Calculating error rates for EEBO data

1. Methods and terms

  1. By the book or the batch. Most errors are counted and an error rate is initially calculated for each book (or item) received. Smaller items (currently, those under 30KB) are often batched together and sampled and proofed as a unit, in order to save overhead.

  2. Sample sizes. For most books:
    1. at least 5% of its pages (randomly selected) are sampled.

    2. at least 5% of its data (in bytes) is sampled.

    3. at least five pages are sampled (unless the item is itself less than five pages long, in which case it is proofed entire).

    For very large books: the sample size is reduced on a sliding scale so that for the very largest books the sample size may amount to only 3% rather than 5% of the whole.

    For very small books: very small books are often combined into a temporary file which is itself the size of a modest book, and that file is in turn sampled.

  3. Error ratio: the denominator. For purposes of establishing an error ratio, the size of the sample is deemed to be the size of the actual sample file (in bytes), after all tags have been removed and all character entities reduced to a single character.
    NOTE: Though we have not been "counting" any errors of spacing, we have not been correspondingly reducing the sample size by the number of space (or newline) characters. This policy has caused the calculated error rate to be underestimated, probably by about 10%.

  4. Error ratio: the numerator.
    1. Error classes. The errors found in the sample file are evaluated on a case-by-case basis in order to determine into which category they fall:
      1. excusable or 'forced' transcription errors;
      2. unwarranted use of the illegible marker;
      3. inexcusable or 'unforced' transcription errors;
      4. spacing errors; and
      5. supply of a letter actually missing or completely illegible in the source.
      Only errors in categories (1) and (2) are used in calculating the error rate. Errors in categories (3), (4), and (5) are noted but not counted. See below for an explanation of category (1) and how it is distinguished from category (3).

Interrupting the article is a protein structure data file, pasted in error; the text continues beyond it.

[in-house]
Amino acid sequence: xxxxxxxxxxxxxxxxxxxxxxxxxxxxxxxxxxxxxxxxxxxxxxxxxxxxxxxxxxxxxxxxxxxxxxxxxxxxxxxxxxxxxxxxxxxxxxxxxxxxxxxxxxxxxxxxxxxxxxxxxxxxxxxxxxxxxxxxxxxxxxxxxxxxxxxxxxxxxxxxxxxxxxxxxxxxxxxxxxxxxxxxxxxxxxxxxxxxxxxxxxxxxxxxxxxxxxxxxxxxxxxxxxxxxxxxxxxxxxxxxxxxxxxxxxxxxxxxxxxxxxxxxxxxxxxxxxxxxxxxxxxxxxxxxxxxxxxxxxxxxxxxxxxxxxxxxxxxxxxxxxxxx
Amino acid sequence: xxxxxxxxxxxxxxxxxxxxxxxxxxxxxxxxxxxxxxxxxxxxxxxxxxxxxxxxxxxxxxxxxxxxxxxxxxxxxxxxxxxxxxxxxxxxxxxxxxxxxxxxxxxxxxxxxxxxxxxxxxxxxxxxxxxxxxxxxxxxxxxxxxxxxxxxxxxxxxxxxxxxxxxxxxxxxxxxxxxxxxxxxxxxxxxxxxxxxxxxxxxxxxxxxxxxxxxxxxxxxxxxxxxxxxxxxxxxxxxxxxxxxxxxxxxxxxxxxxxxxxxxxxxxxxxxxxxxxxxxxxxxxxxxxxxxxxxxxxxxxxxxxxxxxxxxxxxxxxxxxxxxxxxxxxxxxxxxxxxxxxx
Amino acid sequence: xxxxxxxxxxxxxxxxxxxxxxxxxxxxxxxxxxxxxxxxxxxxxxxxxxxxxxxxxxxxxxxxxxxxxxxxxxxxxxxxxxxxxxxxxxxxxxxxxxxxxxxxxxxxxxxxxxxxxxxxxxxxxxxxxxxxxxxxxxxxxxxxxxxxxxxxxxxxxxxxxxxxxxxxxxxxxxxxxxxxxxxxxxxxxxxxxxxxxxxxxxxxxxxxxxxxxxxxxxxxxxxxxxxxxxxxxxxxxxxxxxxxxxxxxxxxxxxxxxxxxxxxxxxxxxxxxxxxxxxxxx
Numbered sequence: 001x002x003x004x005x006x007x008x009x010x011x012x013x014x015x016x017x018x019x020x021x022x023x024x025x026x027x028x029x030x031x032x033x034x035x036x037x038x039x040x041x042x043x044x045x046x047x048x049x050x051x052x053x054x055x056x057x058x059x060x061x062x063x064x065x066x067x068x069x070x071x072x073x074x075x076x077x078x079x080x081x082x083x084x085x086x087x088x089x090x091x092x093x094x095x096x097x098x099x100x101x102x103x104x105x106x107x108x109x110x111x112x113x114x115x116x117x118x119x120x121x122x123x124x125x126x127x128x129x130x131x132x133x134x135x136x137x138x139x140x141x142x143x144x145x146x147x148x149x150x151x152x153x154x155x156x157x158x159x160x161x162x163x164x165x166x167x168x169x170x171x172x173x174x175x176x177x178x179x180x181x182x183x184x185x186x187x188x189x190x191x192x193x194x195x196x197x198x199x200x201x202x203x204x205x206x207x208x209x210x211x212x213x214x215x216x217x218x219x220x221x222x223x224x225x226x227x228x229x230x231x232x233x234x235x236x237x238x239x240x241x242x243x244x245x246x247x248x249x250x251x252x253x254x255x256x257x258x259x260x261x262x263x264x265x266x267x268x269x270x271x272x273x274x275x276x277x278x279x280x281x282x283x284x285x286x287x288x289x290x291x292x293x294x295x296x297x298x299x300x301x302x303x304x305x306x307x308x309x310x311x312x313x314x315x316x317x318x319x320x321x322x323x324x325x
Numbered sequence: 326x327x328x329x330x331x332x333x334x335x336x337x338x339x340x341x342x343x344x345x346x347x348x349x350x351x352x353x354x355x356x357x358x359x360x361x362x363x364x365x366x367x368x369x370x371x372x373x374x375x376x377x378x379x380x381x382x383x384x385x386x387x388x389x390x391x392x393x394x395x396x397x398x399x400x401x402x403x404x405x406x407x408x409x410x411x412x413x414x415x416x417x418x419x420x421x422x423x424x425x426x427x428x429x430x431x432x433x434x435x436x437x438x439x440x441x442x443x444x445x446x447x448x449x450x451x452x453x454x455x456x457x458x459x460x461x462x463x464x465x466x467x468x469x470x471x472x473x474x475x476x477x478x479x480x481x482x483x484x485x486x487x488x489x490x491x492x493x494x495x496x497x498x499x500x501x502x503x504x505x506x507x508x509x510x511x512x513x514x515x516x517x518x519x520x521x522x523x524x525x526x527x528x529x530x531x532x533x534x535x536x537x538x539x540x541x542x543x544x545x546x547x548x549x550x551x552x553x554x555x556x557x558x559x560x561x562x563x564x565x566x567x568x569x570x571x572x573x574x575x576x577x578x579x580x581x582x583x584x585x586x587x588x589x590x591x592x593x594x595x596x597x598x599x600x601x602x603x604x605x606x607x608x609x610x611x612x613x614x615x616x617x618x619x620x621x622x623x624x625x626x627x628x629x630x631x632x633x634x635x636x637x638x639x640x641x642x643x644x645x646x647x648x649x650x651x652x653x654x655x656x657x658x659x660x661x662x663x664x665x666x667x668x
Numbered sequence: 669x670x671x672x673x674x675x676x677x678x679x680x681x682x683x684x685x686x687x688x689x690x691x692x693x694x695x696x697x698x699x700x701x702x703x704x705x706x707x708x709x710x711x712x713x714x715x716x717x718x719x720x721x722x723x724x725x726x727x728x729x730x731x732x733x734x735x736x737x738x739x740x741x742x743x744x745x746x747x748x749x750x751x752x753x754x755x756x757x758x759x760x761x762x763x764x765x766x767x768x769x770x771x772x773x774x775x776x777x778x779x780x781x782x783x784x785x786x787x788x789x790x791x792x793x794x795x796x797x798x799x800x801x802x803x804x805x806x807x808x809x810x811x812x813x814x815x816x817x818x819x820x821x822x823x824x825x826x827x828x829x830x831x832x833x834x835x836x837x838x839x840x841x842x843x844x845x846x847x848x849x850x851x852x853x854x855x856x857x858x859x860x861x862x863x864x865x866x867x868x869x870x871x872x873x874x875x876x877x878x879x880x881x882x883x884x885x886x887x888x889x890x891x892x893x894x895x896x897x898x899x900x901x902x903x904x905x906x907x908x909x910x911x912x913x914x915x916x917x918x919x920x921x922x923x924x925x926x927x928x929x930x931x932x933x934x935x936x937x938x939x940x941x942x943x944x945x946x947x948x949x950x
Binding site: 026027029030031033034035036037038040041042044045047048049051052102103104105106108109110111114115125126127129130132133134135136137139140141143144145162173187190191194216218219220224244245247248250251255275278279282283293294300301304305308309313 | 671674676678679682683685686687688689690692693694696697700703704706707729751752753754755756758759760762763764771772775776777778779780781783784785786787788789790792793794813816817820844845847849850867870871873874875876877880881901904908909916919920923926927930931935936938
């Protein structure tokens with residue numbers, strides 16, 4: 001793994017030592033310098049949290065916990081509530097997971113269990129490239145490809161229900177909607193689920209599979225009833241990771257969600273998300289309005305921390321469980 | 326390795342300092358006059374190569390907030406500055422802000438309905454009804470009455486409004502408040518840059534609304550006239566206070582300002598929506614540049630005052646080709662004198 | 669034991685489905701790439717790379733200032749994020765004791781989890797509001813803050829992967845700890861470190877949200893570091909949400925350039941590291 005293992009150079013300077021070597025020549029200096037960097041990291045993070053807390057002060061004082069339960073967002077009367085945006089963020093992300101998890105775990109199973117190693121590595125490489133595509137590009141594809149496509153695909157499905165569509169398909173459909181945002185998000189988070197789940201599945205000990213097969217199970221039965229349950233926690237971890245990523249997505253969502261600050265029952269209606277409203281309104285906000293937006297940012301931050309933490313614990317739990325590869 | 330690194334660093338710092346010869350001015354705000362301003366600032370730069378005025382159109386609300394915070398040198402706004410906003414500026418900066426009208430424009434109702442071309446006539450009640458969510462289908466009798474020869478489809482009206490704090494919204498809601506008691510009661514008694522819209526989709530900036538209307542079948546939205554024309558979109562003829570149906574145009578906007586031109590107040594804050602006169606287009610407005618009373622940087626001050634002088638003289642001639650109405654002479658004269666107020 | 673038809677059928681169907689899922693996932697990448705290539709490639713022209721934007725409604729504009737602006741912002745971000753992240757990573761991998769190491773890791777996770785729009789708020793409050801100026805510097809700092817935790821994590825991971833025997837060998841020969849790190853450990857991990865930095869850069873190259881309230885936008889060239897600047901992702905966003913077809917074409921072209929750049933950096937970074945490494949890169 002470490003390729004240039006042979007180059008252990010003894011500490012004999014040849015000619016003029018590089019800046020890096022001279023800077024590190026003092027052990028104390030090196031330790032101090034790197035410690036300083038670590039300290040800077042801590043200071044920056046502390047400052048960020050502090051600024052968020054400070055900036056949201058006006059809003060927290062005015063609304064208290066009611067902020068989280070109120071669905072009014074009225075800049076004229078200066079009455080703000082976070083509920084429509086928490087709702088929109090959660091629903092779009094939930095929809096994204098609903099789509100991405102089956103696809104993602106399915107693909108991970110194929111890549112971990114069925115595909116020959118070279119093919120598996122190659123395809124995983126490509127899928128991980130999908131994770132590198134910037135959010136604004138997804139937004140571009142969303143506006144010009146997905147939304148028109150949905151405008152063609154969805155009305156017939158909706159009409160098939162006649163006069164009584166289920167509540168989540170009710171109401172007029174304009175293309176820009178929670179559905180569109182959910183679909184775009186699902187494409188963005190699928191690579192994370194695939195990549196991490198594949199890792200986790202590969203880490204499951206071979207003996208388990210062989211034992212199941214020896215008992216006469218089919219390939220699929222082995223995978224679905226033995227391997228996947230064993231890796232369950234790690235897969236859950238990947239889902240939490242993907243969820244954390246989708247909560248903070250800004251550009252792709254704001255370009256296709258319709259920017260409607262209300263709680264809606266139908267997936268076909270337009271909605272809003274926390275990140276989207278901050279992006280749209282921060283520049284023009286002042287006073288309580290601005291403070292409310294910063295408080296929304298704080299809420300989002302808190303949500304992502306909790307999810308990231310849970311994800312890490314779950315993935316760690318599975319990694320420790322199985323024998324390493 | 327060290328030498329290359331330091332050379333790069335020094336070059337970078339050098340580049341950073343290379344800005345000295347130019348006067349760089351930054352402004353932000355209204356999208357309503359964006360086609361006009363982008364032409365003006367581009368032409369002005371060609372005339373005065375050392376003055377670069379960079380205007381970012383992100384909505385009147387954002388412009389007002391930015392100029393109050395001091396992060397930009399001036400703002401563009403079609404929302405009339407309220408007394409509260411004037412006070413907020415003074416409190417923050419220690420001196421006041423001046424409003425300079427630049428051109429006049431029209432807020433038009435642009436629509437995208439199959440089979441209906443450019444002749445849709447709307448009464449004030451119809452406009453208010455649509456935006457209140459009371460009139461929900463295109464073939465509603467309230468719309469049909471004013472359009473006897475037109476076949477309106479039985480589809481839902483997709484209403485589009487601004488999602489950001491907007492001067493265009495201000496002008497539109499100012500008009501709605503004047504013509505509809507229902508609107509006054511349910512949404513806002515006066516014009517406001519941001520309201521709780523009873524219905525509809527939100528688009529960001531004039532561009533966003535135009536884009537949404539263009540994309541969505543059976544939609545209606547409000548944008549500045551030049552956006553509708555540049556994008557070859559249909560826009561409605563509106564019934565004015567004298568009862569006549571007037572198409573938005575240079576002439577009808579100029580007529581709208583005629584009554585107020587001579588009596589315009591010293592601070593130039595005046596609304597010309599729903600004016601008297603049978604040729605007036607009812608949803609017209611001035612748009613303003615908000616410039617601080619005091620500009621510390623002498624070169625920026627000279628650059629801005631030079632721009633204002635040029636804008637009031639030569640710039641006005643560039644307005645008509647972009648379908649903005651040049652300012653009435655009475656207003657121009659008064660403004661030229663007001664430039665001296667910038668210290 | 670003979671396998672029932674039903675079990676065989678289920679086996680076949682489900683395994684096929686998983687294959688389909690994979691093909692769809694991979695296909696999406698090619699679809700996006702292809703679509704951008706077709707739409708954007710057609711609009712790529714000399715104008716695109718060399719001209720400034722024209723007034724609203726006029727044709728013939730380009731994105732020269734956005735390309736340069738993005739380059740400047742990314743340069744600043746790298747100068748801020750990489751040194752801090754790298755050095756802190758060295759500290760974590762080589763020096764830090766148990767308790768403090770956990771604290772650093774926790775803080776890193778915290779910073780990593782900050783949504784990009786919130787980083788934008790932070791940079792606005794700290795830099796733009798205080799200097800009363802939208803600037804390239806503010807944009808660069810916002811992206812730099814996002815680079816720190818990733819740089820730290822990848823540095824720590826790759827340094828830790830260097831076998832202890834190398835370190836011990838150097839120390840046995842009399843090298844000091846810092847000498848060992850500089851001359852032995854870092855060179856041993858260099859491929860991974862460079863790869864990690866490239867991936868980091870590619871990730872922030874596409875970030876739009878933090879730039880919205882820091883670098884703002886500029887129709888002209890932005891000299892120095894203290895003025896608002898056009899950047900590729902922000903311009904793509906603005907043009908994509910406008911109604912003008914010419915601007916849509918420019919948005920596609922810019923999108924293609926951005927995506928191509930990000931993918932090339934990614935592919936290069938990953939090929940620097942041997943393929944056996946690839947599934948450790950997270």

2. Error numbers:
      • 1 pair of transposed letters = 1 error
      • 1 wrongly interpreted letter = 1 error
      • 1 omitted letter = 1 error
      • 1 inserted letter (not representing anything in the text)= 1 error
      • 1 letter mistaken for 2 = 1 error
      • 2 letters mistaken for 1 = 1 error
      • 1 perfectly legible letter ($) or word ($Word$) flagged as illegible = 1 error

      For purposes of counting, a character entity counts as 1 letter, as does a paired superscript (or subscript) marker and its following letter, this pair being regarded as equivalent to a superscript (or subscript) character entity. Errors are case sensitive; that is, capturing "g" as "G" is an error.

      And of course "letter" in the above means any alphanumeric character or symbol.

2. "Excusable" vs. "inexcusable"

"Inexcusable" errors are, in general, those that a non-specialist keyer could not reasonably be expected to avoid, given the nature of the source material. Errors involving transposed characters, omitted characters, or inserted characters can all usually be regarded as inexcusable without question.

Follow this link to a file of EXAMPLES of "excusable", "inexcusable", and dubious errors.

Errors involving erroneous interpretation of characters (or character groups) inevitably have some subjective quality to them. When deciding whether a keyer should be expected to have interpreted the character correctly, we make the following assumptions:

  1. The keyers are looking at the same image file that we are.

  2. The keyers must depend on the physical appearance of the letter(s), and cannot be counted on to consider the sense of the word or passage, though they sometimes do anyway and certainly should when they can.

  3. A letter may often be accurately read even if broken or otherwise deformed, so long as enough remains to give unambiguous testimony to its original shape.

  4. Truly ambiguous letter forms should be represented by "$", not guessed at.

  5. The letters may be "zoomed in" on if that helps to resolve ambiguities.

  6. Not only the characteristic forms of a letter in general, but also the characteristic form of the letter in the given typeface and (especially) the characteristic form of the letter in the same book and on the same page may be brought to bear in resolving ambiguities.

  7. The shapes of adjacent letters may be adduced as evidence for the value of a given letter (especially where a ligature is involved).